The State That Craves Pumpkin Spice The Most

Without a doubt, autumn is the season of pumpkin spice and everything nice. Ever since the famous Starbucks Pumpkin Spice Latte entered our lives in 2003, we just haven't been able to get enough of pumpkin spice. And who can blame us?

Fortunately, the pumpkin spice industry has exploded in recent years, leaving us with plenty of fun fall products to choose from. There's coffee and coffee creamer, of course, but also pumpkin spice cereal, pancake mix, candles, lip balm, and even deodorant (via the New York Post). According to Forbes, the pumpkin spice industry as a whole is worth more than $600 million, with a $110 million chunk made up just by Starbucks.

But although pumpkin spice is beloved by millions of Americans all across the country, some states love the warm, autumnal flavor more than others. So which state craves pumpkin spice the most? Probably not the one you would expect.

The East Coast takes the cake – well, pumpkin spice

In 2021, Instacart surveyed Americans to see which states were buying more pumpkin spice products. After comparing each state to the national average for pumpkin spice consumption, the survey found some interesting results. Per Instacart's data map, Hawaii buys the fewest pumpkin spice products, being 65% less likely than the national average.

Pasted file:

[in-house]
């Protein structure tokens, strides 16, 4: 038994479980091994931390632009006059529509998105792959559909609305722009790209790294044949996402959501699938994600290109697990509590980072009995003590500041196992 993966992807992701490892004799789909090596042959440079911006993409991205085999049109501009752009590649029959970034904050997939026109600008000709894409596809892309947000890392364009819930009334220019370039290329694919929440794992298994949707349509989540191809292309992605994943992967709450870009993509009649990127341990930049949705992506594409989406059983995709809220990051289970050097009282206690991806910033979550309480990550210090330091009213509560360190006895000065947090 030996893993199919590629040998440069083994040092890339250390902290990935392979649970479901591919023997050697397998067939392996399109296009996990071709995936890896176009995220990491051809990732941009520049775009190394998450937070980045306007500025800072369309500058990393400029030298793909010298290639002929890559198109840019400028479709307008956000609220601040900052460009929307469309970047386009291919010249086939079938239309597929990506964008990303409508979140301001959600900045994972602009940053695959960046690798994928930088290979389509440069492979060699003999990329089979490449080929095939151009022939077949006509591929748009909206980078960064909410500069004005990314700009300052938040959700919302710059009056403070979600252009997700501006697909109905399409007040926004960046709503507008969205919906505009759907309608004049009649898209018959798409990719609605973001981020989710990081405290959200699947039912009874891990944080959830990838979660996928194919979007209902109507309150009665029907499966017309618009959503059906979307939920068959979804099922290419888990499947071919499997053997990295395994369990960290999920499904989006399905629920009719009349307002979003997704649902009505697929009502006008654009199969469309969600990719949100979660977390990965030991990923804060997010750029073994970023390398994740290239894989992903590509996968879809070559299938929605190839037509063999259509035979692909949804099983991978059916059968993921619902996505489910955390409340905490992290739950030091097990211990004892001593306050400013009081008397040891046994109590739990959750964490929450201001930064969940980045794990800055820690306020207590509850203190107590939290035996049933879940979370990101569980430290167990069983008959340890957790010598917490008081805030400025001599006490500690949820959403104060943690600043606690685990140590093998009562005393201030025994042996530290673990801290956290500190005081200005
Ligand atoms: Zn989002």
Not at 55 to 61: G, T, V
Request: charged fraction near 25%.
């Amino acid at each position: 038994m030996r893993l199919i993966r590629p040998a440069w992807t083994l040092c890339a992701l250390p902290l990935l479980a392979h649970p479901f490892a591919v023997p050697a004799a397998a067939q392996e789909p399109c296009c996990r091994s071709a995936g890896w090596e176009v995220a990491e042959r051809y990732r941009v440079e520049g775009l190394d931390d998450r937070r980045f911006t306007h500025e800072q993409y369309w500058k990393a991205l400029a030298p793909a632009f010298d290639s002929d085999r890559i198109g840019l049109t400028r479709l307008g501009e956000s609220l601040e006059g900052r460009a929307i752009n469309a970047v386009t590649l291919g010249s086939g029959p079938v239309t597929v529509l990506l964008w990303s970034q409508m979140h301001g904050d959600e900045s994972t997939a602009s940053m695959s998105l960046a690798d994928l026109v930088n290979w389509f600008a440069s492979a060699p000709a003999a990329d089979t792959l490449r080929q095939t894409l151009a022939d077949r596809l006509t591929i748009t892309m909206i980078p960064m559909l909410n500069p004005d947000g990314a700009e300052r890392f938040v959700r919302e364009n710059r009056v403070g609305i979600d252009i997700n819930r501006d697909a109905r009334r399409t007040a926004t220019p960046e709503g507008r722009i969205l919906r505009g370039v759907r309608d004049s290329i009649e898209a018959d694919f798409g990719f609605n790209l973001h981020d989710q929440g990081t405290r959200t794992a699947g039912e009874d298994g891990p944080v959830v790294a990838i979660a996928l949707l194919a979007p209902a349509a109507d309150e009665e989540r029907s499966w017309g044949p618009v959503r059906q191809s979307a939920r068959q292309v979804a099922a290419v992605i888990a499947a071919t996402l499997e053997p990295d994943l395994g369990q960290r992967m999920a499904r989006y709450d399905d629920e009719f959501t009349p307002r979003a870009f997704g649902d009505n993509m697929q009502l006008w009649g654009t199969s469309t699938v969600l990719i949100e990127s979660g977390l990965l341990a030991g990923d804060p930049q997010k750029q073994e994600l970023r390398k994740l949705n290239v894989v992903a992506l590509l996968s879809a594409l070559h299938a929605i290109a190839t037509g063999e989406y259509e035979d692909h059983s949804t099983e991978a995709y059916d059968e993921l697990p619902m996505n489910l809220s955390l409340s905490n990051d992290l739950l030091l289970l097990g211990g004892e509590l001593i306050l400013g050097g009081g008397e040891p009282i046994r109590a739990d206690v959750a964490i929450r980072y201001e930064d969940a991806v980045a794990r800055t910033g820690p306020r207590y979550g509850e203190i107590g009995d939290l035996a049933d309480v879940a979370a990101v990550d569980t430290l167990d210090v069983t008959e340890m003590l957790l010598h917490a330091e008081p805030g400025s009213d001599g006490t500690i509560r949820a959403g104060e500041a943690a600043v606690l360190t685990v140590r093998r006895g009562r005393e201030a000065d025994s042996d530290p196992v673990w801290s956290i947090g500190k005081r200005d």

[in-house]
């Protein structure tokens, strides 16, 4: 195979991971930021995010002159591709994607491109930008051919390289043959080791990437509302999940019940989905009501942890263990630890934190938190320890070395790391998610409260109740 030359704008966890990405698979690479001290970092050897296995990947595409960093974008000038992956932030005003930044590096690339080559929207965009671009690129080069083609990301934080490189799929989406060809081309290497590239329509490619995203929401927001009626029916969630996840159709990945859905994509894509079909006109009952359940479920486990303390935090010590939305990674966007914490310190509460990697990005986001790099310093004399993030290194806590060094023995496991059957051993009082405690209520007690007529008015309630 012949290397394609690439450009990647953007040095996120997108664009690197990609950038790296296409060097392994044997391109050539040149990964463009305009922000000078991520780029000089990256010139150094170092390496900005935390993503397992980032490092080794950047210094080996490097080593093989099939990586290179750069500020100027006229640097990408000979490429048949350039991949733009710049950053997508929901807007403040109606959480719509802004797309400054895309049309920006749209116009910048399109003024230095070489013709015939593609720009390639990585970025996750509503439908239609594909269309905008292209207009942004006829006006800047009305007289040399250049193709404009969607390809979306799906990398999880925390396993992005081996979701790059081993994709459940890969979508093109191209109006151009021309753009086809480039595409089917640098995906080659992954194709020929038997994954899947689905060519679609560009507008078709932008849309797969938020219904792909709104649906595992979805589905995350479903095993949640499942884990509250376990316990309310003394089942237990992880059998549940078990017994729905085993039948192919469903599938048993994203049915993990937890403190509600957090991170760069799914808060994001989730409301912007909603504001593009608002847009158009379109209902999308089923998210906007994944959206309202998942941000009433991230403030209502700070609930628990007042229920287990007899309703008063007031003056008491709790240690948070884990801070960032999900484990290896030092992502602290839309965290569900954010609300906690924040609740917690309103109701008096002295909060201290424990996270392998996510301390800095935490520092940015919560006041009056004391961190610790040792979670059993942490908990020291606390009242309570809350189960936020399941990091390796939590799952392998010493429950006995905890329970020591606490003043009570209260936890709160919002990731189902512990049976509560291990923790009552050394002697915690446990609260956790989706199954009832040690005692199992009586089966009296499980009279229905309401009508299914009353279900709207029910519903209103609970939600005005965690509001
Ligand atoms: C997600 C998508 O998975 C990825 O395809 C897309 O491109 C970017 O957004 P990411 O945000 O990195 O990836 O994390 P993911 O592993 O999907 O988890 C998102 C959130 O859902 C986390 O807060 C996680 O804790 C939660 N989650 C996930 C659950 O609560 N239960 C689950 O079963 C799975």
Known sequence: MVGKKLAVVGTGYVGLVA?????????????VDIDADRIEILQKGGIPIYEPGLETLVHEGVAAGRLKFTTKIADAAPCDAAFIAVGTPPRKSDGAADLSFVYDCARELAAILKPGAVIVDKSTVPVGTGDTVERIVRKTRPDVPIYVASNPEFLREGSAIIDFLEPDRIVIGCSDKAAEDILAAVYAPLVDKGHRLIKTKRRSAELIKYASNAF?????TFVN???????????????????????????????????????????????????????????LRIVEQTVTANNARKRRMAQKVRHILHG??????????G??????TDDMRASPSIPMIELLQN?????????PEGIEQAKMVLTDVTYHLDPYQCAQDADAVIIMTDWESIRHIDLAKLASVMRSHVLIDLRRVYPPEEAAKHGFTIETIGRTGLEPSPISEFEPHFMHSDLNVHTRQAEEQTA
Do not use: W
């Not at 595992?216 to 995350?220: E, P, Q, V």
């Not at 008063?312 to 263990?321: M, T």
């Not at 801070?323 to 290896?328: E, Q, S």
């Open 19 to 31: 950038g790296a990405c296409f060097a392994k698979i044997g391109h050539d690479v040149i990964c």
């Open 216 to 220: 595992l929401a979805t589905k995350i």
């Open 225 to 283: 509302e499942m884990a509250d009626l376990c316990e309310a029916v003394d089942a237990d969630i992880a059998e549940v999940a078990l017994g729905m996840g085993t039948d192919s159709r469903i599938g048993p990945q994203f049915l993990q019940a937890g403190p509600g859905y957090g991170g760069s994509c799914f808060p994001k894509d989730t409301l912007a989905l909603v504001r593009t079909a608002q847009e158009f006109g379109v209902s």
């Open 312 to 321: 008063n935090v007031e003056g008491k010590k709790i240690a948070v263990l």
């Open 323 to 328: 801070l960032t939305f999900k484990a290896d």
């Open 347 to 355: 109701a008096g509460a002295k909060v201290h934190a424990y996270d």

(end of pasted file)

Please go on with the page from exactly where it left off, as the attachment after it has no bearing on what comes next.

Connecticut and Utah were closest to the national average, with Connecticut being 2% more likely and Utah 2% less likely to buy pumpkin spice products. And the state that loves pumpkin spice the most? None other than West Virginia, a whopping 122% more likely to enjoy a Krispy Kreme pumpkin spice doughnut than the average American. Iowa follows close behind, being 90% more likely than the national average.

Generally speaking, the Midwest and East Coast regions love pumpkin spice more than the Western U.S. and the Northeast region. To be honest, we're not sure what to make of this information, but it's pretty fun to look at. The pepperoni roll is West Virginia's official state food (per the West Virginia Department of Tourism). Perhaps the state should consider making pumpkin spice its official state spice.